“A Taste of Honey” was originally written by jazz pianist Bobby Scott and Rick Marlow for the 1960 Broadway version of the 1958 British play of the same name. (Scott recorded two versions of the song for his album, A Taste of Honey, later that year.) The original play was written by Shelagh Delaney and is part of the “kitchen sink” realism movement that sought to revitalize British theater, usually by telling stories about characters disillusioned with modern society. The play was made into a film in 1961, starring Billy Dee Williams, who scored a minor hit with his vocal version of Scott and Marlow’s composition.
“A Taste of Honey” has been recorded by over 200 artists. Most of the well-known covers of the song were recorded during the 60’s, including one by The Beatles. The Fab Four based their version on Lenny Welch’s 1962 vocal rendition of the song and featured it on their debut album Please Please Me (1963), with Paul McCartney on lead vocals.
Other noteworthy versions from the time include: pianist Martin Denny’s breezy re-imagining of the song from 1962; saxophonist Paul Desmond’s instrumental take, included on his 1964 album, Glad to Be Unhappy; and a cover by vocalist Sarah Vaughan, who recorded it as the lead track on her 1963 album Sarah Sings Soulfully. Spencer Leigh also mentioned in Frank Sinatra: An Extraordinary Life that “A Taste of Honey” was meant to be featured on a 1967 duet album by Sinatra and Ella Fitzgerald, which sadly never went ahead.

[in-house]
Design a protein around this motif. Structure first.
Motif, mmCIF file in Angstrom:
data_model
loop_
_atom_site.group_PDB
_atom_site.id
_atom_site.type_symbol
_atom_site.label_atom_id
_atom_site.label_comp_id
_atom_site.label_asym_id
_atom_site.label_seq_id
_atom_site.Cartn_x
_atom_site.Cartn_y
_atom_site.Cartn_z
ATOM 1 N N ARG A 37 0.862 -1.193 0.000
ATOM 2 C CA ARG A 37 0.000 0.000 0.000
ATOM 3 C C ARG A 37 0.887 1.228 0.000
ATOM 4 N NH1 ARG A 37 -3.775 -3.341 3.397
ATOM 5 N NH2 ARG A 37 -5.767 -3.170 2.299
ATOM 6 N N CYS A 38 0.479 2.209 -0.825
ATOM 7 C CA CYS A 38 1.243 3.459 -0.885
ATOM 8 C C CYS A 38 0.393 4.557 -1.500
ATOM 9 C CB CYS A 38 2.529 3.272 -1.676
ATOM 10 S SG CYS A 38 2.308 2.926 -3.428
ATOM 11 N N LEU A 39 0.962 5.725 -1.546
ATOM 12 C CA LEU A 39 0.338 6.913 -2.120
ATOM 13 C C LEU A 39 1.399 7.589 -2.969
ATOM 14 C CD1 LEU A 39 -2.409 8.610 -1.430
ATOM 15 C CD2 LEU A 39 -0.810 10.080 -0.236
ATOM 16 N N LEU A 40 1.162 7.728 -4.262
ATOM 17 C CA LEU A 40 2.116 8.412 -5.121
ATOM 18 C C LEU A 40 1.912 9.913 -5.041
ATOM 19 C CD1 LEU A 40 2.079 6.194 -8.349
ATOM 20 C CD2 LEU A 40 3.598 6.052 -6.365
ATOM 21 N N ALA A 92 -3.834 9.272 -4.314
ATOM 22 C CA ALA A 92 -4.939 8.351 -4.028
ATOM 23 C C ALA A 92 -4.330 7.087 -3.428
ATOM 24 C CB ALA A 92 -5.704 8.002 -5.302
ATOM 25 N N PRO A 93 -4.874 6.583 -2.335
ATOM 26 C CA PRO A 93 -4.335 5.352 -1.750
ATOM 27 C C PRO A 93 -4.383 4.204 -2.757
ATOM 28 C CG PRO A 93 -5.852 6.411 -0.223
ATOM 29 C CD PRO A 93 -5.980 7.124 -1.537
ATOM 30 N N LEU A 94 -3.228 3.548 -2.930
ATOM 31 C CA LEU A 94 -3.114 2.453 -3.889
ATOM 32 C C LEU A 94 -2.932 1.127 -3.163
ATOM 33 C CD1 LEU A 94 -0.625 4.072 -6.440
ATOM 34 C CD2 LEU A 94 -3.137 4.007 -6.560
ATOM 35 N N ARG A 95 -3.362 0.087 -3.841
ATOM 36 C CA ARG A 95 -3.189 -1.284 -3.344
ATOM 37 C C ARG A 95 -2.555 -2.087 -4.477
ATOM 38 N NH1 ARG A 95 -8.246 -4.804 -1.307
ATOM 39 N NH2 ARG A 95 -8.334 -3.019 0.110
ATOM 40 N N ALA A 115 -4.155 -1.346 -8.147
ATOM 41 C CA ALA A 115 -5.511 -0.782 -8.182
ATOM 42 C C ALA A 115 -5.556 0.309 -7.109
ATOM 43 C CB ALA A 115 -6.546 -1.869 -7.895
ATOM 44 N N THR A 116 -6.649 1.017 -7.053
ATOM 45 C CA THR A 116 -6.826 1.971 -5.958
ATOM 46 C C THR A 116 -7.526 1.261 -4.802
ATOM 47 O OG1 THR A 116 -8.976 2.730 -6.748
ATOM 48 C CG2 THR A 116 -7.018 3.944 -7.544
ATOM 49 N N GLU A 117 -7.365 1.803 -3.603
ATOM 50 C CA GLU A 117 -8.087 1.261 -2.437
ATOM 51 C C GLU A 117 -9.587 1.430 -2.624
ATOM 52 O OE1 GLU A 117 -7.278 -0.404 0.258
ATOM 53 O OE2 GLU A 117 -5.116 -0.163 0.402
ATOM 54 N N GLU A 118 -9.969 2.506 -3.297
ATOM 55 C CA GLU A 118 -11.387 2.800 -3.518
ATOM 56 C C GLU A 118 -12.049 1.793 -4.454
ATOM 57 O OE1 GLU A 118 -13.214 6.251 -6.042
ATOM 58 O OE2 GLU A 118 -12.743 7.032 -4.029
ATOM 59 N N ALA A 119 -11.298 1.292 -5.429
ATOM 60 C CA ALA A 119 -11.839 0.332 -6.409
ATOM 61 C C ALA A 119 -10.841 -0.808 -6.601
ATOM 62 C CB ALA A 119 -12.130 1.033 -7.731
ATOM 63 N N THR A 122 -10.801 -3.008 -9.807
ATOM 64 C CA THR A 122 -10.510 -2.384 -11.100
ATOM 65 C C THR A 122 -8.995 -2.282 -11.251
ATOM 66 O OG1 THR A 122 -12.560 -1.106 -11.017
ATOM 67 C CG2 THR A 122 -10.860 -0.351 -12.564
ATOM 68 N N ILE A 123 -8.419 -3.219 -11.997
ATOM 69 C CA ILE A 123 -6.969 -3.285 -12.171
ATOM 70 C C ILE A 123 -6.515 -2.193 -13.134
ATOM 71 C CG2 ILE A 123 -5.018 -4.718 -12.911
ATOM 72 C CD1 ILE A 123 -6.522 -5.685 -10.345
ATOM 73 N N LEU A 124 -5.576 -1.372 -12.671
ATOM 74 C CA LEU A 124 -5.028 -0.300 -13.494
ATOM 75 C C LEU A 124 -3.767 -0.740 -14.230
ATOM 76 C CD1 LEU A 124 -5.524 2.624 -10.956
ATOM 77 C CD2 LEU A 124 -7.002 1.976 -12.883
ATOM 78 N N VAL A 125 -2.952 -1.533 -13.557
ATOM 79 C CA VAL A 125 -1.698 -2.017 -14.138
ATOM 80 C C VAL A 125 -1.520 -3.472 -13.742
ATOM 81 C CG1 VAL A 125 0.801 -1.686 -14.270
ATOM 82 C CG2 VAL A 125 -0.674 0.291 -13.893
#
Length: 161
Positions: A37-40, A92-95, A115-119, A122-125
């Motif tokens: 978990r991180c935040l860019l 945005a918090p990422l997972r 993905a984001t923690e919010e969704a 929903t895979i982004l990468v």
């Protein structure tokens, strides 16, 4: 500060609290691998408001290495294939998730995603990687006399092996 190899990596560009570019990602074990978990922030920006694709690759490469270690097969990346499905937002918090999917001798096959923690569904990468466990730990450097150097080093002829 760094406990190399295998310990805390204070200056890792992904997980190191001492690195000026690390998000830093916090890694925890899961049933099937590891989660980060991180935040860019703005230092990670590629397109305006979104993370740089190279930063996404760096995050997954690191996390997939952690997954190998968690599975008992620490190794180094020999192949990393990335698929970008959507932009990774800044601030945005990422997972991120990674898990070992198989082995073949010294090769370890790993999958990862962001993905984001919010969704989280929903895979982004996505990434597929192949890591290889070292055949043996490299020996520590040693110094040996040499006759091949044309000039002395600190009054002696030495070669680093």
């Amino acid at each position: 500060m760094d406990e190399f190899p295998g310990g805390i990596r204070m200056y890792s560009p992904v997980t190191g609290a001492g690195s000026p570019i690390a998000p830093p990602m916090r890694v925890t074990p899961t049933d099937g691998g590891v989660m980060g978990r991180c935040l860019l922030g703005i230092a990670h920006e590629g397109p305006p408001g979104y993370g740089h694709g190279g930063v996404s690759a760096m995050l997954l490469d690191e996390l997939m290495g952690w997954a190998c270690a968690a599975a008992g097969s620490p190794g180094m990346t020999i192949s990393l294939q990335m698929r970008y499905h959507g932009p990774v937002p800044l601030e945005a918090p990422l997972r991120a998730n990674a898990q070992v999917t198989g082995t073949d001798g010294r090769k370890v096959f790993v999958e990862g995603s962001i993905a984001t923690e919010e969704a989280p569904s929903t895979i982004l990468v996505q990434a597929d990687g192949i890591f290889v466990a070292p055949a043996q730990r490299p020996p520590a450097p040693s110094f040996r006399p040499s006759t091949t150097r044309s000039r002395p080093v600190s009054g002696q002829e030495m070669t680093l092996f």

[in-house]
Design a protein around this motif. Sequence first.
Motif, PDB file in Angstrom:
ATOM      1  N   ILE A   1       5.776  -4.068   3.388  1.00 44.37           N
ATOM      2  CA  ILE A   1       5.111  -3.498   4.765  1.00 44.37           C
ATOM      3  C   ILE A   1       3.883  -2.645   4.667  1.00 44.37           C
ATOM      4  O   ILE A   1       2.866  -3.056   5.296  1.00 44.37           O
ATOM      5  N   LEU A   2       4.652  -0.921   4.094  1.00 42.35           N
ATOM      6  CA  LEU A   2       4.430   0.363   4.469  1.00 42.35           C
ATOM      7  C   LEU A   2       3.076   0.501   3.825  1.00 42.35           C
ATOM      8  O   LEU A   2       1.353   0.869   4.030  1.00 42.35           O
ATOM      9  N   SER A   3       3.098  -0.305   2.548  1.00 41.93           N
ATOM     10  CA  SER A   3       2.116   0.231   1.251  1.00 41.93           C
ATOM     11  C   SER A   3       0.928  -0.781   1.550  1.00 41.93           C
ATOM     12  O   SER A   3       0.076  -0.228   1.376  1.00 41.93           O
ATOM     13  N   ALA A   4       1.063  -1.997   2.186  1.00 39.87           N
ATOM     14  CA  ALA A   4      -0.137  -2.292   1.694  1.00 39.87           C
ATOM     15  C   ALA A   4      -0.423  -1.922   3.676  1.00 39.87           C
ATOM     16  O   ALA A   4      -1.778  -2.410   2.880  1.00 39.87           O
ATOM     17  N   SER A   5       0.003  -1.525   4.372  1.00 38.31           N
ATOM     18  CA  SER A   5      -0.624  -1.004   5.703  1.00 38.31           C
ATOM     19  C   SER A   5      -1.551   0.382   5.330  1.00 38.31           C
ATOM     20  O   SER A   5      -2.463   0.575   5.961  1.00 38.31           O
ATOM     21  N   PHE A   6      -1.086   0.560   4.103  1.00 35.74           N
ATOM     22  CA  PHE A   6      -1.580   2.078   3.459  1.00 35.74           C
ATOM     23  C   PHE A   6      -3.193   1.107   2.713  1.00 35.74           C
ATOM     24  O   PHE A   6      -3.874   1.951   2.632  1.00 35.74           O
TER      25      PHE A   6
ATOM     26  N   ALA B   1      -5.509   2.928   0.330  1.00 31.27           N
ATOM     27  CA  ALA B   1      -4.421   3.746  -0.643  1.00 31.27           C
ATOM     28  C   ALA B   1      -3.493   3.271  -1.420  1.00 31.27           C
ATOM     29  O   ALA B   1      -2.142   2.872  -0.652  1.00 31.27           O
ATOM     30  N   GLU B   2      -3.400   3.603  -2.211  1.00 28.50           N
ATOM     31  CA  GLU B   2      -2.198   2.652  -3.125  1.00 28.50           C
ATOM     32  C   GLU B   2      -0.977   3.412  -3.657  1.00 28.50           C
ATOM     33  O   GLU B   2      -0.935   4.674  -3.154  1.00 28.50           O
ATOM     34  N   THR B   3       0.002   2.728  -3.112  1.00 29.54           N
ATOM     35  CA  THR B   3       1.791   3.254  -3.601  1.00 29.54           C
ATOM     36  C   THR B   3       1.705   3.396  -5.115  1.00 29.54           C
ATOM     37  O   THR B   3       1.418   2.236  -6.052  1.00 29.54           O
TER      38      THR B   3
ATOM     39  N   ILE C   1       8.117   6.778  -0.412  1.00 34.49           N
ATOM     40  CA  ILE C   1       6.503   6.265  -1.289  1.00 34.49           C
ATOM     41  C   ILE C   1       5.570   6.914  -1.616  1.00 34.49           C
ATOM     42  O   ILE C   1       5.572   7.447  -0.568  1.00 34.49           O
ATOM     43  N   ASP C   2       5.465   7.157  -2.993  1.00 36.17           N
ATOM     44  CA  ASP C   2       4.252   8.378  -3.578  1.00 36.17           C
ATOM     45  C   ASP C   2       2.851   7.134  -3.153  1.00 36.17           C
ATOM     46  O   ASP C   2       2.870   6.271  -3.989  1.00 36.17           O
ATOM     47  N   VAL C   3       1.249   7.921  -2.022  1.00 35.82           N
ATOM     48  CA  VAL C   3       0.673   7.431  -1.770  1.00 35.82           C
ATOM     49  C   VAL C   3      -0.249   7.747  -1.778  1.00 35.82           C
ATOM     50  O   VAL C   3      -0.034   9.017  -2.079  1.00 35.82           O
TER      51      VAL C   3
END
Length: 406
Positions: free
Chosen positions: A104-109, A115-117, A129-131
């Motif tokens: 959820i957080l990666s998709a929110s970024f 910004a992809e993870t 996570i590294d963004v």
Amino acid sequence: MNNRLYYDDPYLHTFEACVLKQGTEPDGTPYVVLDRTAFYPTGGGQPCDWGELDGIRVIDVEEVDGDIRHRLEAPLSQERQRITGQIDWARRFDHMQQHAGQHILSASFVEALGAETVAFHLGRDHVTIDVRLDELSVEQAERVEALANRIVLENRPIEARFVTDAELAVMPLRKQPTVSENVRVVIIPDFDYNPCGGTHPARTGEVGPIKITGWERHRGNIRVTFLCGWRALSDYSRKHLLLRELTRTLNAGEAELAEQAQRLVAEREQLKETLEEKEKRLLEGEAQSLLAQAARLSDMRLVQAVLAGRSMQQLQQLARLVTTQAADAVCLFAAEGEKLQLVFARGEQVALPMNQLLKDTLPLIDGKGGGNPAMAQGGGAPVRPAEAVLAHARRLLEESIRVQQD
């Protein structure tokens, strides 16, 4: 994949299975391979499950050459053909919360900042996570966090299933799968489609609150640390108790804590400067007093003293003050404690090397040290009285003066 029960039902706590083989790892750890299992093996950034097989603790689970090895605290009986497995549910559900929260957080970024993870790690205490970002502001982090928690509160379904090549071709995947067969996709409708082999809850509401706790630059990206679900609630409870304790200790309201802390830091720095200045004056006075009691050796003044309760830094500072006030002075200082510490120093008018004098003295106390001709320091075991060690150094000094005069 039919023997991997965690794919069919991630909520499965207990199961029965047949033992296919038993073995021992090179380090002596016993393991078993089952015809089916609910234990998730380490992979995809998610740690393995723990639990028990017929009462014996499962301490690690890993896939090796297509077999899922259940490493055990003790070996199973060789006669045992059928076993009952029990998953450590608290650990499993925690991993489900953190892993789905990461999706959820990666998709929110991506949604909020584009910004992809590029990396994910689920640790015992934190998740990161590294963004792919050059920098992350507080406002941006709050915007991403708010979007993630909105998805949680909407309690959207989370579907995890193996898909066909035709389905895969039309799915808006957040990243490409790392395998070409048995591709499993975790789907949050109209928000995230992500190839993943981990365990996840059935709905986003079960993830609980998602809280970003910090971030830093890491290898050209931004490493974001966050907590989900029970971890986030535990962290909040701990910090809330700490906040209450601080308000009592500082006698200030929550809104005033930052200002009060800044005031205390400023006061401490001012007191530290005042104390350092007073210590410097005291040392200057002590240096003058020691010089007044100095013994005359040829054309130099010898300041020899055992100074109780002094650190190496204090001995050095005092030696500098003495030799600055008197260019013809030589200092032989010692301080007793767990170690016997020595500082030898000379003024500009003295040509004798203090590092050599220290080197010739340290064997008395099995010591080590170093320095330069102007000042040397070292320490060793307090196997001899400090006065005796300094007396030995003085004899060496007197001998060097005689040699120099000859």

The most famous instrumental version of “A Taste of Honey” was recorded by Herb Alpert and the Tijuana Brass for their 1965 album Whipped Cream & Other Delights. The song was released as a single and spent five weeks at number one on the easy listening chart as well as reaching number seven on the Billboard Hot 100. It quickly became popular worldwide, reaching cult status in Italy, where it was used as the theme song of a popular radio show broadcasting live commentaries to football matches, Tutto il Calcio Minuto Per Minuto (English translation: All Football Minute By Minute).
Maury Dean writes: “As Mitch Miller is to family sing-alongs, Alpert is to light jazz.” Alpert doubled as a composer, orchestra leader, trumpeter, and record company owner in Los Angeles, California, having founded A & E Records with Jerry Moss. “A Taste of Honey” perfectly represents his unique Americachi style, influenced by bullfighting atmospheres and Mexican sounds, with Alpert’s trumpet defining the melody over a Latin rhythm section.